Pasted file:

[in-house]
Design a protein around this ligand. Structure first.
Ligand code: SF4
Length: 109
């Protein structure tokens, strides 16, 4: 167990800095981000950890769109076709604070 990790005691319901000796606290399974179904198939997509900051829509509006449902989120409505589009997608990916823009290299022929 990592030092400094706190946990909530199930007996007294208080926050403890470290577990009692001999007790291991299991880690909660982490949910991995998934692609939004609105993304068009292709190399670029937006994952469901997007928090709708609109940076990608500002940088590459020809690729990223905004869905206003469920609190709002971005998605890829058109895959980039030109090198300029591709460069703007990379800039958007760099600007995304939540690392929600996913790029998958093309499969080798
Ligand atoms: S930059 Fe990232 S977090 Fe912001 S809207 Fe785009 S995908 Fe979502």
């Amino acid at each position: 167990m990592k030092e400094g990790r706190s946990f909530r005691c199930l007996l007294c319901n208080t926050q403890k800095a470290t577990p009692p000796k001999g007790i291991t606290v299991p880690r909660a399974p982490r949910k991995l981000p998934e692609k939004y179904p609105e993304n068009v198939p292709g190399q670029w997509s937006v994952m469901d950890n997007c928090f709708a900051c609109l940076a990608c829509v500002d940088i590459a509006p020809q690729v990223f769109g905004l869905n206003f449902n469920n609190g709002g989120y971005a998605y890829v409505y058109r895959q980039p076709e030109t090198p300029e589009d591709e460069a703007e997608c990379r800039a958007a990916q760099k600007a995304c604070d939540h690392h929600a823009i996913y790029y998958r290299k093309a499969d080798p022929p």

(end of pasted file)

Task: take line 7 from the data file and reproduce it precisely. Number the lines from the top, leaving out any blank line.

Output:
């Amino acid at each position: 167990m990592k030092e400094g990790r706190s946990f909530r005691c199930l007996l007294c319901n208080t926050q403890k800095a470290t577990p009692p000796k001999g007790i291991t606290v299991p880690r909660a399974p982490r949910k991995l981000p998934e692609k939004y179904p609105e993304n068009v198939p292709g190399q670029w997509s937006v994952m469901d950890n997007c928090f709708a900051c609109l940076a990608c829509v500002d940088i590459a509006p020809q690729v990223f769109g905004l869905n206003f449902n469920n609190g709002g989120y971005a998605y890829v409505y058109r895959q980039p076709e030109t090198p300029e589009d591709e460069a703007e997608c990379r800039a958007a990916q760099k600007a995304c604070d939540h690392h929600a823009i996913y790029y998958r290299k093309a499969d080798p022929p």